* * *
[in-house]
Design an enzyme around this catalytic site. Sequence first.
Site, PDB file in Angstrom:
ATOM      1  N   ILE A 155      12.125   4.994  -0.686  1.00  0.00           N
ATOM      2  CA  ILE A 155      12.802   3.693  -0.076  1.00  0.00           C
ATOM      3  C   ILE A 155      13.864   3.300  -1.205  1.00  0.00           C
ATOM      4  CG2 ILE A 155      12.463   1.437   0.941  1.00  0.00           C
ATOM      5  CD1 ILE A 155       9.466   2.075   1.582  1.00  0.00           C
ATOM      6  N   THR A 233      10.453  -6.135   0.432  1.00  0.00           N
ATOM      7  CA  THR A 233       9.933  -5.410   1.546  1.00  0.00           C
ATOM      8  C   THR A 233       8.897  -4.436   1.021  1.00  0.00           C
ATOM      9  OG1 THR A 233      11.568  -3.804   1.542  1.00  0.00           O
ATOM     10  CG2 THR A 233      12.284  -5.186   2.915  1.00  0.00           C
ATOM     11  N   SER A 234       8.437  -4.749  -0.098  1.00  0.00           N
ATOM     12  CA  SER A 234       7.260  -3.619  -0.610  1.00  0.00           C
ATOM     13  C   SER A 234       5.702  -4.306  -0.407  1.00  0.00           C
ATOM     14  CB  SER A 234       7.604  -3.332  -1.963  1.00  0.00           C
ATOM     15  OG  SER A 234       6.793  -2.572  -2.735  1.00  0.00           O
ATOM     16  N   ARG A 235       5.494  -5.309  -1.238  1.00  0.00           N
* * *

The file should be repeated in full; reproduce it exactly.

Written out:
[in-house]
Design an enzyme around this catalytic site. Sequence first.
Site, PDB file in Angstrom:
ATOM      1  N   ILE A 155      12.125   4.994  -0.686  1.00  0.00           N
ATOM      2  CA  ILE A 155      12.802   3.693  -0.076  1.00  0.00           C
ATOM      3  C   ILE A 155      13.864   3.300  -1.205  1.00  0.00           C
ATOM      4  CG2 ILE A 155      12.463   1.437   0.941  1.00  0.00           C
ATOM      5  CD1 ILE A 155       9.466   2.075   1.582  1.00  0.00           C
ATOM      6  N   THR A 233      10.453  -6.135   0.432  1.00  0.00           N
ATOM      7  CA  THR A 233       9.933  -5.410   1.546  1.00  0.00           C
ATOM      8  C   THR A 233       8.897  -4.436   1.021  1.00  0.00           C
ATOM      9  OG1 THR A 233      11.568  -3.804   1.542  1.00  0.00           O
ATOM     10  CG2 THR A 233      12.284  -5.186   2.915  1.00  0.00           C
ATOM     11  N   SER A 234       8.437  -4.749  -0.098  1.00  0.00           N
ATOM     12  CA  SER A 234       7.260  -3.619  -0.610  1.00  0.00           C
ATOM     13  C   SER A 234       5.702  -4.306  -0.407  1.00  0.00           C
ATOM     14  CB  SER A 234       7.604  -3.332  -1.963  1.00  0.00           C
ATOM     15  OG  SER A 234       6.793  -2.572  -2.735  1.00  0.00           O
ATOM     16  N   ARG A 235       5.494  -5.309  -1.238  1.00  0.00           N